These are prime examples, says Garrihy, of why Samsung should no longer be seen as a pure-play hardware company. 'Our heritage is in hardware, but I wouldn't class (us in this way) any more,' he adds. 'Samsung is making big investments in customer experience, services and connectivity around the world.'
Garrihy claims the brand's UK operation is at 'the cutting edge' of this push as it is home to its European headquarters, quality assurance and a research centre.
Samsung's drive to be seen as a leader in hardware, and now in digital entertainment, plus its strength of ambition, means he will not be able to rest on his laurels.
It is certainly a far cry from Garrihy's former job as a mortgage salesman - even if it falls just slightly short of his early dreams of becoming a rock star.
Various roles rising to senior consumer segment manager, National Australia Bank (1989-2004)
Contract consultant, Performance Integrity (2004-05)
Various roles, rising to head of consumer strategy and go to market, Vodafone Australia (2005-08)
Head of proposition development and marketing planning, rising to global head of marketing, Vodafone Global Marketing (VIS) (2008-11)
Director of corporate marketing, Samsung UK & Ireland (2011-present)
Lives Wandsworth, South London.
Hobbies 'I don't get time for hobbies. It used to be singing - I'm a trained vocalist and sang an eclectic mix, everything from theatre to rock. I tried to be a rock star for a while, but trust me, you won't find the band [on Google].'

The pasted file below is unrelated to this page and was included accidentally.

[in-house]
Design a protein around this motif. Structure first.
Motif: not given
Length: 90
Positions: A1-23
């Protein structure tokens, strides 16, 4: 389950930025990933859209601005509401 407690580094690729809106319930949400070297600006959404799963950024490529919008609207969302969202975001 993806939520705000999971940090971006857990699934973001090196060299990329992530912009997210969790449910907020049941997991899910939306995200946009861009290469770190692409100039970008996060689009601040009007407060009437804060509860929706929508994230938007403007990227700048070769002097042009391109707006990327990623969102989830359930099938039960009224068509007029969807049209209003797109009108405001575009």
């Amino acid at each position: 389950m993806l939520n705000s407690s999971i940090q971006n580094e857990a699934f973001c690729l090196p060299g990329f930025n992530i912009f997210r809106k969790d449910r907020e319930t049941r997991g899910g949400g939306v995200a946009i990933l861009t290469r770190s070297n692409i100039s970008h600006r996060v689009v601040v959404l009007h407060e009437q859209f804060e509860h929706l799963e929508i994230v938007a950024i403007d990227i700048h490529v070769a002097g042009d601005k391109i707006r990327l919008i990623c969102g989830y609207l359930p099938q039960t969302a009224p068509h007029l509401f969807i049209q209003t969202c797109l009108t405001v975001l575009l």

Post-Olympics plans 'I'm looking forward to a long holiday.'
Favourite brand Virgin.
Samsung is entering the independent arts and music sectors through a series of films and a social-media campaign to showcase the 'creative potential' of its Galaxy Note device.
The first film in the 'Breakfree' series, which broke last week, features 'guerrilla' textile artist Olek travelling the UK in a knitted taxi and adorning landmarks with colourful knitted items. This included pink knitwear on Anthony Gormley's Another Place 'iron-men' sculptures in Merseyside, an act that hit the headlines last month, before Samsung's involvement became public.
The second film shows musician Mike Skinner of The Streets working with hip-hop group Man Like Me to help them achieve mainstream success, with a track to be released this month.
The films, created by Jam, will be hosted on a dedicated YouTube page and seeded elsewhere. Samsung will also run a Twitter competition asking followers to tweet about moments when they have 'broken free' from everyday life.
Q1 2012 pre-tax profits: £3.48bn
Year-on-year increase: 87%
This article was first published on marketingmagazine.co.uk